Troyit Robinson, Appellant, v. United States of America, Appellee. Travit Robinson, Appellant, v. United States of America, Appellee., 260 F.2d 718 (D.C. Cir. 1959)
Mr. I. William Stempil, Washington, D. C., entered an appearance for appellants.Messrs. Oliver Gasch, U. S. Atty., Carl W. Belcher and Edgar T. Bellinger, Asst. U. S. Attys., entered appearances for appellee.Before WILBUR K. MILLER, BAZELON and BURGER, Circuit Judges.BAZELON, Circuit Judge.Appellants were convicted of manslaughter and the judgments and commitments were filed on May 7, 1958. The District Court, on May 28, 1958, granted them leave to appeal in forma pauperis and notices of appeal were filed by their counsel that same day.The cause is now before us on the Government's motion to dismiss the appeals for lack of jurisdiction. The Government argues that these notices of appeal were filed eleven days late and that the filing of a timely notice of appeal is mandatory and jurisdictional. It relies on the provision of Rule 45(b), Fed. R.Crim.P., 18 U.S.C.A., that "the court may not enlarge * * * the period for taking an appeal."Rule 45(b) provides, with respect to acts required or allowed to be done at or within a specified time, that the District Court, for cause shown, may at any time in its discretion do one of two things:(1) It may "order the period enlarged" if an application for such enlargement is made before expiration of the allowed time.(2) If the party, as a result of excusable neglect, has failed to act within the allowed time, the court, upon motion, may "permit the act to be done after the expiration of the specified period * * *."The rule then states the provision the Government relies on here, namely, that "the court may not enlarge * * * the period for taking an appeal." This injunction upon the District Court applies to enlargement of time, the first of the two causes permitted by the rule. But it does not apply to the second alternative. In other words, the District Court has no authority to grant a greater period than ten days for taking an appeal. It may, however, if satisfied that the failure to note an appeal within ten days is excusable, permit late filing.There is a sound reason why the District Court should be permitted on limited grounds to extend the time for appeal after its expiration, even though it may not do so before its expiration. There is ample justification in reason for different treatment of pre-expiration and post-expiration applications. While it is, of course, desirable and contemplated that a party who intends to and is able to file a simple notice of appeal should do so within the time prescribed, there is a rational basis for exceptions in exceptional circumstances. If he can make a timely application for an extension of time, he can readily and with less effort file the notice of appeal itself. If, however, for some cause amounting legally to "excusable neglect" the party fails to take any action during the prescribed time, the rule seems plainly to allow the District Court discretion to permit him to file a late notice of appeal.In the cases before us, it appears from the affidavit of appellants' trial counsel that he informed the court at the sentencing that the appellants intended to appeal and that the only reason the appeals were not taken within ten days, as required by Rule 37(a), Fed.R.Crim.P., was that counsel, who had never taken a criminal appeal before, mistakenly assumed he had thirty days, as provided in Rule 73(a), Fed.R.Civ.P., 28 U.S.C.A.If, on this showing, the District Court was satisfied that the failure to act within ten days was a result of excusable neglect, we have jurisdiction of the appeals. From the record before us we cannot tell whether or not the District Court intended its grant of the May 28 application as a determination of excusable neglect. We therefore remand the cases to the District Court for supplementation of the record as to whether that court intended its grant to serve as a finding that failure to act was due to excusable neglect under Rule 45(b), Fed.R.Crim.P.So ordered.WILBUR K. MILLER, Circuit Judge (dissenting).The concluding sentence of Rule 45(b) of the Federal Rules of Criminal Procedure contains this unequivocal statement: "but the court may not enlarge the period * * * for taking an appeal." I think this forbids the District Court either to enlarge the time for taking an appeal on application therefor made before the expiration of the appeal period, or to enlarge the period after its expiration for excusable neglect or on any other ground.There is no reason apparent to me why the District Court should be permitted on any ground to extend the time for appeal after its expiration, when it may not do so before its expiration.The time for taking an appeal is arbitrarily fixed by Rule 37(a) of the Criminal Rules and is jurisdictional; it may not be changed either by the parties or by the court. United States v. Bloom, 2 Cir., 1947, 164 F.2d 556; Richards v. United States, 1951, 89 U.S.App.D.C. 354, 192 F.2d 602, 30 A.L.R.2d 880; Lujan v. United States, 10 Cir., 1953, 204 F.2d 171; Wagner v. United States, 4 Cir., 1955, 220 F.2d 513; Brainard v. Joy Mfg. Co., D.C.M.D.Ohio 1949, 9 F.R.D. 625, Wilken, J.Rule 6(b) of the Federal Rules of Civil Procedure also has to do with the enlargement of time in which an act is required or allowed to be done, and provides in two clauses that the court may (1) order the period enlarged before the expiration of the period originally prescribed or as extended by a previous order, or (2) permit the act to be done after the expiration of the specified or extended period where failure to act was the result of excusable neglect. When adopted, Rule 6(b) of the Civil Rules, like Rule 45(b) of the Criminal Rules, expressly denied power to the court to "enlarge the period" for taking an appeal. Rule 6(b) was subsequently amended so that the phrase "extend the time" was substituted for "enlarge the period" in the limiting provision. It is noted by the Advisory Committee on Rules of Civil Procedure that this amendment was made because "extend the time" is "a more suitable expression and relates more clearly to both clauses (1) and (2)." (My emphasis.) See Notes of Advisory Committee on Rules, Fed. R.Civ.P., Rule 6, 28 U.S.C.A. 235.The Advisory Committee on Rules of Criminal Procedure notes that Rule 45 of the Criminal Rules "is in substance the same as Rule 6 of the Federal Rules of Civil Procedure." The Committee adds, "It seems desirable that matters covered by this rule should be regulated in the same manner for civil and criminal cases, in order to preclude the possibility of confusion." See Notes of Advisory Committee on Rules, Fed.R.Crim. P., Rule 45, 18 U.S.C.A. 504.In my opinion the District Court has no power to grant these appeals out of time because of neglect of counsel, even if it should find the neglect excusable. It follows that we have no jurisdiction here.Even if this were not so, I do not believe the failure of appellants' two employed attorneys1 to file notices of appeal in time because they were ignorant of the Rule's requirement can be said to be excusable neglect, in view of the fact that the Federal Rules of Criminal Procedure have been in effect about twelve years. Burke v. Canfield, 1940, 72 App.D.C. 127, 111 F.2d 526; Maghan v. Young, 1946, 80 U.S.App.D.C. 395, 154 F.2d 13; Christoffel v. United States, 1950, 88 U.S.App.D.C. 1, 190 F.2d 585; Sieb's Hatcheries, Inc., v. Lindley, D.C.W.D.Ark.1952, 13 F.R.D. 113; Ohlinger v. United States, D.C.S.D.Idaho 1955, 135 F.Supp. 40; 1 Barron and Holtzoff, Federal Practice and Procedure § 216.I would grant the appellee's motion to dismiss.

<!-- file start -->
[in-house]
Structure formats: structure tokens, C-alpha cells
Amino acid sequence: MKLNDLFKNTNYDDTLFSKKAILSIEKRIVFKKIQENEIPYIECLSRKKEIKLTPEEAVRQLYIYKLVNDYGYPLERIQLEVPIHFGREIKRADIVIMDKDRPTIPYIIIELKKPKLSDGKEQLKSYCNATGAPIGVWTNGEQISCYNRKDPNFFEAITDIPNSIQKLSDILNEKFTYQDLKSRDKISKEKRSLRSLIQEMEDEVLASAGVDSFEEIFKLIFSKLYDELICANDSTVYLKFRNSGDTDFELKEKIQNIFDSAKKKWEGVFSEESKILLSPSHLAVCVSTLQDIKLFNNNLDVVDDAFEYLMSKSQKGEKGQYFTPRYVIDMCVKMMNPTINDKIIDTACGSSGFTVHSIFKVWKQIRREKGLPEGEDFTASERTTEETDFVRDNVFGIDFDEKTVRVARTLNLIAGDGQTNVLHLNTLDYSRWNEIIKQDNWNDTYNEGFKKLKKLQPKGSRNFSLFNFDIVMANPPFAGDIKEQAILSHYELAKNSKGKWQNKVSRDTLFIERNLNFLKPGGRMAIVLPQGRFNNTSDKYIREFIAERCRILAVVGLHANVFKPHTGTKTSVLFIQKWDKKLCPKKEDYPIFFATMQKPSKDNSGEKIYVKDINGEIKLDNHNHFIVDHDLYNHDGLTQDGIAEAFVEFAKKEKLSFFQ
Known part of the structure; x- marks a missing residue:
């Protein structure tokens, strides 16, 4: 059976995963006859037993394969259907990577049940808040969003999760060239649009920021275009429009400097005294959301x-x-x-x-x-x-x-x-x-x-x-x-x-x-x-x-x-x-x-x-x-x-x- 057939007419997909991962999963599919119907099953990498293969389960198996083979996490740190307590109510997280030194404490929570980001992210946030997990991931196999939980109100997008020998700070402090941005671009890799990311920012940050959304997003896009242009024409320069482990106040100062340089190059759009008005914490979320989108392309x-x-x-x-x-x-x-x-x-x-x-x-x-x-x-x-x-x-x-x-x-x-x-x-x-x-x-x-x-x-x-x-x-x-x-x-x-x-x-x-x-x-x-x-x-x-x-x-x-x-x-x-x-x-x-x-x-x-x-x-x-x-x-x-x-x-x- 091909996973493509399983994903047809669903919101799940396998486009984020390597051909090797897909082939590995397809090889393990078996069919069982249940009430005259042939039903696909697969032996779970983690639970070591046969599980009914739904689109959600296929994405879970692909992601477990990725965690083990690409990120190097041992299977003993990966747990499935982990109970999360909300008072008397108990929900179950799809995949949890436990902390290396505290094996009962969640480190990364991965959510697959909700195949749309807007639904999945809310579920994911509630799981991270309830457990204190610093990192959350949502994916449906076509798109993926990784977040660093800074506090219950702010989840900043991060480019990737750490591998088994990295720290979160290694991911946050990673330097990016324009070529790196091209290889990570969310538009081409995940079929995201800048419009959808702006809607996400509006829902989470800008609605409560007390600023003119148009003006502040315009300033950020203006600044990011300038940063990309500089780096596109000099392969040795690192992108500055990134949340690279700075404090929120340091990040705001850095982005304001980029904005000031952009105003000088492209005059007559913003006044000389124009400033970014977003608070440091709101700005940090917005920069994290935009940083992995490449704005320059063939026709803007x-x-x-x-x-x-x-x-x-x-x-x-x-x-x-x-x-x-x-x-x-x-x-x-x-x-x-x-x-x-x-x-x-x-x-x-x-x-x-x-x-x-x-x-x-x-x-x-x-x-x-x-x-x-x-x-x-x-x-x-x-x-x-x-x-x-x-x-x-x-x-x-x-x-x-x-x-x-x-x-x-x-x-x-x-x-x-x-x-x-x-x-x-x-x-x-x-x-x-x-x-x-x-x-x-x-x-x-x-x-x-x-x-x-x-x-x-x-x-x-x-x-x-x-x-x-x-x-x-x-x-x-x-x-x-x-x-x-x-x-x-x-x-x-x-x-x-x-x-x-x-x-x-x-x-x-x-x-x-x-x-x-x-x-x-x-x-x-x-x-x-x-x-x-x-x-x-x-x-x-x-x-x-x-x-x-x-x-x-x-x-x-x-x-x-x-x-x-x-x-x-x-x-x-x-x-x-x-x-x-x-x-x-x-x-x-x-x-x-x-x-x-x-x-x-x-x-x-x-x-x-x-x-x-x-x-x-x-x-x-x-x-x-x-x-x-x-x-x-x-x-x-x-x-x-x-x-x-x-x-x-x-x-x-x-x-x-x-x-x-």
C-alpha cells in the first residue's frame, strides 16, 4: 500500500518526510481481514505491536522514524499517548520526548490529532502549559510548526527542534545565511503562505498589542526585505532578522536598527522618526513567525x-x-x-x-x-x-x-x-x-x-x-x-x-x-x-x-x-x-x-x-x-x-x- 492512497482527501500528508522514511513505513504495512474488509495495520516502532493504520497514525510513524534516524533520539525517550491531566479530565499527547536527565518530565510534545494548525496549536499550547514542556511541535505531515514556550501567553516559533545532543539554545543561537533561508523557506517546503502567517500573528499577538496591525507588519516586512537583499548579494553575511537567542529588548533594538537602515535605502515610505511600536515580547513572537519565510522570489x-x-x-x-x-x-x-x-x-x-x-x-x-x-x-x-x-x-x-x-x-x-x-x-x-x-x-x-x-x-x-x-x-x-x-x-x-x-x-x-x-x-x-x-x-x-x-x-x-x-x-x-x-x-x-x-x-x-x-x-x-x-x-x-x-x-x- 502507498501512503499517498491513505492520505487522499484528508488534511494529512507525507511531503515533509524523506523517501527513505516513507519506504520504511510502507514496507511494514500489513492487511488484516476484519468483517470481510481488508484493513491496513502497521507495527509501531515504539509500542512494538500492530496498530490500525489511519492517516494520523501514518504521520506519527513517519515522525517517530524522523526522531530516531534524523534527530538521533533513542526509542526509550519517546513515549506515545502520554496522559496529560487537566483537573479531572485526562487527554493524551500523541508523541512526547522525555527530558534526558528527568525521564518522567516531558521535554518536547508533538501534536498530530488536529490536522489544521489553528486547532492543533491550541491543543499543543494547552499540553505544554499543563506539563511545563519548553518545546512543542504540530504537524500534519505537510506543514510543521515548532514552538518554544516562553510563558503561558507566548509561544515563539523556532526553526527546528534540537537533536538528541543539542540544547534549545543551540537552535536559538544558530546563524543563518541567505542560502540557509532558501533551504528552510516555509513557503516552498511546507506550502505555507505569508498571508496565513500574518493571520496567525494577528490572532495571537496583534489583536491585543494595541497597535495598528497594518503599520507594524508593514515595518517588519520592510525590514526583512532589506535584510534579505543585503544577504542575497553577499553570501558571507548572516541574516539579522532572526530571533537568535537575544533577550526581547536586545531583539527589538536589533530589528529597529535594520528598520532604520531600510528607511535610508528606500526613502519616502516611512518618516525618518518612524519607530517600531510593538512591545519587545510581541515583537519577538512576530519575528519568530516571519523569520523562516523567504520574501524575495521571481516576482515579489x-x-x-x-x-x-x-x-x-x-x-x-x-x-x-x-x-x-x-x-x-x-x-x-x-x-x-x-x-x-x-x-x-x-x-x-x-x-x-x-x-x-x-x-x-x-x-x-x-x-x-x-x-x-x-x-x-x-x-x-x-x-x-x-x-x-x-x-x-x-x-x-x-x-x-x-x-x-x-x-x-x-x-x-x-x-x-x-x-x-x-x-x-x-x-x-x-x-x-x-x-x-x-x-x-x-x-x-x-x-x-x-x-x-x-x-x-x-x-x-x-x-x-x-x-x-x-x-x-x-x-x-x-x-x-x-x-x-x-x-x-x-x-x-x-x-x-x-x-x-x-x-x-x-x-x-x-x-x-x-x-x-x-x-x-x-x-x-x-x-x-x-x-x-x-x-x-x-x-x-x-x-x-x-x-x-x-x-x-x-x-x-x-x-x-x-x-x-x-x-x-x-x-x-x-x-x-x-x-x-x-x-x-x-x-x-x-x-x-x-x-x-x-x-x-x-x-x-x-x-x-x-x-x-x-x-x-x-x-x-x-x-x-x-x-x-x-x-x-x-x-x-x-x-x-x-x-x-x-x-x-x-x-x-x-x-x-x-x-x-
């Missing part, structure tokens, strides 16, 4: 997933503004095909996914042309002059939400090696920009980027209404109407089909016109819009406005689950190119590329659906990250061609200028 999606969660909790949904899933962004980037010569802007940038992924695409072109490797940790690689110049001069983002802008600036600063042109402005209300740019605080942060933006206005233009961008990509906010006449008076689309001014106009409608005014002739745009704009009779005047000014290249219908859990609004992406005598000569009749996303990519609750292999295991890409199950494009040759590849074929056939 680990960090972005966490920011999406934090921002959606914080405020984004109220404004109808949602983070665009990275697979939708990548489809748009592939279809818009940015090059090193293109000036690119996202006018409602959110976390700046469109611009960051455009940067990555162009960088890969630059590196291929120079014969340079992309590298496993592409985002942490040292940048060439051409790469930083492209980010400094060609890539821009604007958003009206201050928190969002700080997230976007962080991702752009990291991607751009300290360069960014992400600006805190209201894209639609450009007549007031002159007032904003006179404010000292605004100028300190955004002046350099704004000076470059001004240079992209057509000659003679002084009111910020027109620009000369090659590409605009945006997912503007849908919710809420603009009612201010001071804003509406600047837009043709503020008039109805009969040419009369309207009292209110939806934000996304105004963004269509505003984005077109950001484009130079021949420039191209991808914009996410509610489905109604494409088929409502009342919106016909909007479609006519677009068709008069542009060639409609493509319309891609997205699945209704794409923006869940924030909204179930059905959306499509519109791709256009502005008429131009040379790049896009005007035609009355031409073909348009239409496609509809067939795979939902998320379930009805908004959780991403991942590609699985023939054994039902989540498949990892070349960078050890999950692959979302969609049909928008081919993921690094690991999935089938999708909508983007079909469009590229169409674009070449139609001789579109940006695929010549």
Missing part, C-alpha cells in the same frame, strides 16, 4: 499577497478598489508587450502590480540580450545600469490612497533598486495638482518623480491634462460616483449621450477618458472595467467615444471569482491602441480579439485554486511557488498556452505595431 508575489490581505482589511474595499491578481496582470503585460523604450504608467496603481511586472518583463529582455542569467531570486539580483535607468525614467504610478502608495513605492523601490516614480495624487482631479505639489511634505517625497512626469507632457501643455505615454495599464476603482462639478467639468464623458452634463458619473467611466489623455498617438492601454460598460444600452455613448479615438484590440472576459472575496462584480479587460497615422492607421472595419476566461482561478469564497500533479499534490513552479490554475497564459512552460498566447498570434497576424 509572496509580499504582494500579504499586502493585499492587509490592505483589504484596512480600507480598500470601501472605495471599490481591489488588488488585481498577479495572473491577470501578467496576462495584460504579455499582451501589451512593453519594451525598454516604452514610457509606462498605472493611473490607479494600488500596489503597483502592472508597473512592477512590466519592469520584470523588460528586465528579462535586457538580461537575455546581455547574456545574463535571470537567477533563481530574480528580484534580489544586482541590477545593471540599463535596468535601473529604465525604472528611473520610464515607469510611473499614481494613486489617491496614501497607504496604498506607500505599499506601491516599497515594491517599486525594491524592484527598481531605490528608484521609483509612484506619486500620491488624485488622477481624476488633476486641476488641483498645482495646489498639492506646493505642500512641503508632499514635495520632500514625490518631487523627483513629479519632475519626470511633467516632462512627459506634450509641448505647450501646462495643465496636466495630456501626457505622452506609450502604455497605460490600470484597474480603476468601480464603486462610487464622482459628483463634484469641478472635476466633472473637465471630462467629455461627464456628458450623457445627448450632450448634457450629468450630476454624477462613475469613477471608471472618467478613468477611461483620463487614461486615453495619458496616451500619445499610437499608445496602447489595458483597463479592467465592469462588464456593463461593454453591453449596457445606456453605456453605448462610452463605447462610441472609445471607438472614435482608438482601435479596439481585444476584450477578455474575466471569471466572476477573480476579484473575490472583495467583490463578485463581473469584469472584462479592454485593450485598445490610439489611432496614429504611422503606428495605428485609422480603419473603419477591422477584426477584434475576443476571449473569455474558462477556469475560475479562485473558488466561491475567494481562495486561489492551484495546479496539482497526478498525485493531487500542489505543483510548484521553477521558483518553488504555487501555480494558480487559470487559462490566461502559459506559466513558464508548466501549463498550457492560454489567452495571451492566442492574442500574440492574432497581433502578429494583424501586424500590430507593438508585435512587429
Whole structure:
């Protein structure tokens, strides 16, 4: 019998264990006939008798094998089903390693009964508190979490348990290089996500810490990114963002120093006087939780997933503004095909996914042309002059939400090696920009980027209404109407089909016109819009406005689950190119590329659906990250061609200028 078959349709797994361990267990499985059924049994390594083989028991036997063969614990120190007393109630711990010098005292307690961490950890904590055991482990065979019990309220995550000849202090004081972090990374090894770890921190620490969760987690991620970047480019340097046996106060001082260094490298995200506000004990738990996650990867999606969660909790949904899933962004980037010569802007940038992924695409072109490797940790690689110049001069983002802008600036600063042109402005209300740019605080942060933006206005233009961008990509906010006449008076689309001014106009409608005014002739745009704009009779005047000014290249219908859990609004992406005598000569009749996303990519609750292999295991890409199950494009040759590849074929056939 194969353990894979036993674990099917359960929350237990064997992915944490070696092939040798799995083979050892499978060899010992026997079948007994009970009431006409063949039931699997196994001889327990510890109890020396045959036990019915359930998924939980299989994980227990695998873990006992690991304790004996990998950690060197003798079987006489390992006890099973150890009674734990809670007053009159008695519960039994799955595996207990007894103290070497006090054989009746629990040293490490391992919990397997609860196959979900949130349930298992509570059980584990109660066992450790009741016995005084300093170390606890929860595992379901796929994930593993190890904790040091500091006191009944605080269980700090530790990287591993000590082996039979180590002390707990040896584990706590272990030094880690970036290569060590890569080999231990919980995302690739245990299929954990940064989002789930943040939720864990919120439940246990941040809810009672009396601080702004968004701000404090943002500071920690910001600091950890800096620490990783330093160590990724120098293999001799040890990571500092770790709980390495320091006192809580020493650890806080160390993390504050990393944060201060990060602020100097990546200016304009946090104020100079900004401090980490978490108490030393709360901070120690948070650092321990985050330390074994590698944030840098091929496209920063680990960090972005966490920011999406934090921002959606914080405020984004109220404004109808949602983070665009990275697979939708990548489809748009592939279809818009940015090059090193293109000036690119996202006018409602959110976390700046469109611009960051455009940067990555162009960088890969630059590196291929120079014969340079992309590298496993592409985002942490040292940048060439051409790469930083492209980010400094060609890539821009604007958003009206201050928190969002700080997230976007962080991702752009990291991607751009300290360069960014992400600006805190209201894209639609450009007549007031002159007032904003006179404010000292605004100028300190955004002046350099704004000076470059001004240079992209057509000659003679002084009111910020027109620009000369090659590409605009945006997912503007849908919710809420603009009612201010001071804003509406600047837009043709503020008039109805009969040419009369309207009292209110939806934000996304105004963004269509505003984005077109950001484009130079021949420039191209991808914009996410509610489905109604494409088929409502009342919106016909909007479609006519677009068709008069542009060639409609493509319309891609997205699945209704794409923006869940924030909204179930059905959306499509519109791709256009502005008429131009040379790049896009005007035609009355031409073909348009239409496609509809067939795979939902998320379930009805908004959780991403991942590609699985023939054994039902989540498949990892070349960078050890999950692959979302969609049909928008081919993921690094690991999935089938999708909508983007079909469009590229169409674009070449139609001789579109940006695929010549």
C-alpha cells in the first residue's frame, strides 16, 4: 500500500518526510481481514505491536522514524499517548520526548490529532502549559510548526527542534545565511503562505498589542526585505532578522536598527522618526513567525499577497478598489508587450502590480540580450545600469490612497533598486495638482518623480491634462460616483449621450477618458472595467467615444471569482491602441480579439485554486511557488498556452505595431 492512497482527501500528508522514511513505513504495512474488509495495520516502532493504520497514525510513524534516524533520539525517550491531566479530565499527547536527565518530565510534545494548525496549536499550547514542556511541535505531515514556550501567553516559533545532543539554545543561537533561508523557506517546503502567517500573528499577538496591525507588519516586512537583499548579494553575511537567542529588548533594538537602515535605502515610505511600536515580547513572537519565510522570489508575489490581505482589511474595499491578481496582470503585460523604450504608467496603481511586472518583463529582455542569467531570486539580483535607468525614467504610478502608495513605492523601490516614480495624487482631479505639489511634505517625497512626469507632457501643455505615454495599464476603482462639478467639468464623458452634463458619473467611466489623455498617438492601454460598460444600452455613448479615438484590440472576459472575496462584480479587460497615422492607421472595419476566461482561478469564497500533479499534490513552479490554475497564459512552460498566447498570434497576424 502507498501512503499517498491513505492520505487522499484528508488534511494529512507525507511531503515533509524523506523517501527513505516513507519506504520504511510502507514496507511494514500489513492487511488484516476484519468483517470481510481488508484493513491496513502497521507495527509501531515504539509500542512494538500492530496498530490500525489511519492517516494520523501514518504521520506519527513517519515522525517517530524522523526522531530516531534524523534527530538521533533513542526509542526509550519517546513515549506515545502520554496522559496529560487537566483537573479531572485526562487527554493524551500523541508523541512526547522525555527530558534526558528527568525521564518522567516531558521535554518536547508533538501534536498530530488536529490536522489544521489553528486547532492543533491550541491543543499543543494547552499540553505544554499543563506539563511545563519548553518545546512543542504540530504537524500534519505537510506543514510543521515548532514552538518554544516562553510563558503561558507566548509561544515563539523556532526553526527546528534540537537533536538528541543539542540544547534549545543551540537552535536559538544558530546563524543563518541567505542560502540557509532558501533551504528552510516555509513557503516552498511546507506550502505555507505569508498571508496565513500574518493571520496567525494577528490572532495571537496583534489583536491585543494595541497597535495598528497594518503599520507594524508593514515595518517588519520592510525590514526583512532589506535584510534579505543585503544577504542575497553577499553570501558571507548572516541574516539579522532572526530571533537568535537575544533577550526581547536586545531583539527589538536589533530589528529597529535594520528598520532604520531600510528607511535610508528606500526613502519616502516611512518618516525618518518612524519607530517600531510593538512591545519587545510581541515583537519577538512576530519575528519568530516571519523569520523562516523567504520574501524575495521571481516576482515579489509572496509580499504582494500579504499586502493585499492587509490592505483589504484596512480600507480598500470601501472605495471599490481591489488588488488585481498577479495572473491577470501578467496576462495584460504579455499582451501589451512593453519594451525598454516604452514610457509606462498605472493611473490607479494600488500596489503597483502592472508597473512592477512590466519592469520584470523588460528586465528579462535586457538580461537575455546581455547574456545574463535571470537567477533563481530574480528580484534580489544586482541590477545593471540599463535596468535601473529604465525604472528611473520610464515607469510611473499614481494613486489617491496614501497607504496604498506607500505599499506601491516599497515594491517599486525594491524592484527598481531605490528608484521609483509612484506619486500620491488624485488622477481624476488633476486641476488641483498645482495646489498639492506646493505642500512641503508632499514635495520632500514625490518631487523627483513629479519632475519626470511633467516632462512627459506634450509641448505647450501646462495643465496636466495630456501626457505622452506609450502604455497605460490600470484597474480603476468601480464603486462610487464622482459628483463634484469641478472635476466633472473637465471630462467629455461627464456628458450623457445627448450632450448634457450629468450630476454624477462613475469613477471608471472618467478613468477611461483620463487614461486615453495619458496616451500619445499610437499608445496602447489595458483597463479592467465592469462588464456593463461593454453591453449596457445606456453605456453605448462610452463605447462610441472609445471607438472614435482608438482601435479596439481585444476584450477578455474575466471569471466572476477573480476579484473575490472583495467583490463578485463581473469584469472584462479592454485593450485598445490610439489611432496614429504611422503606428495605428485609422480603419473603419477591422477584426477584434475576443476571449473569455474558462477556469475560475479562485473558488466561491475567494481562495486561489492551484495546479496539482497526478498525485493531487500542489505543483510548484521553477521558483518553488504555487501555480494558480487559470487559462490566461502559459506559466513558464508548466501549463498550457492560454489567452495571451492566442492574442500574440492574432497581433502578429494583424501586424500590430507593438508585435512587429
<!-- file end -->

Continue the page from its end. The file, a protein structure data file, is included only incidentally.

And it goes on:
1 These lawyers, retained by the appellants, were present and active throughout the trial, and also represent them on appeal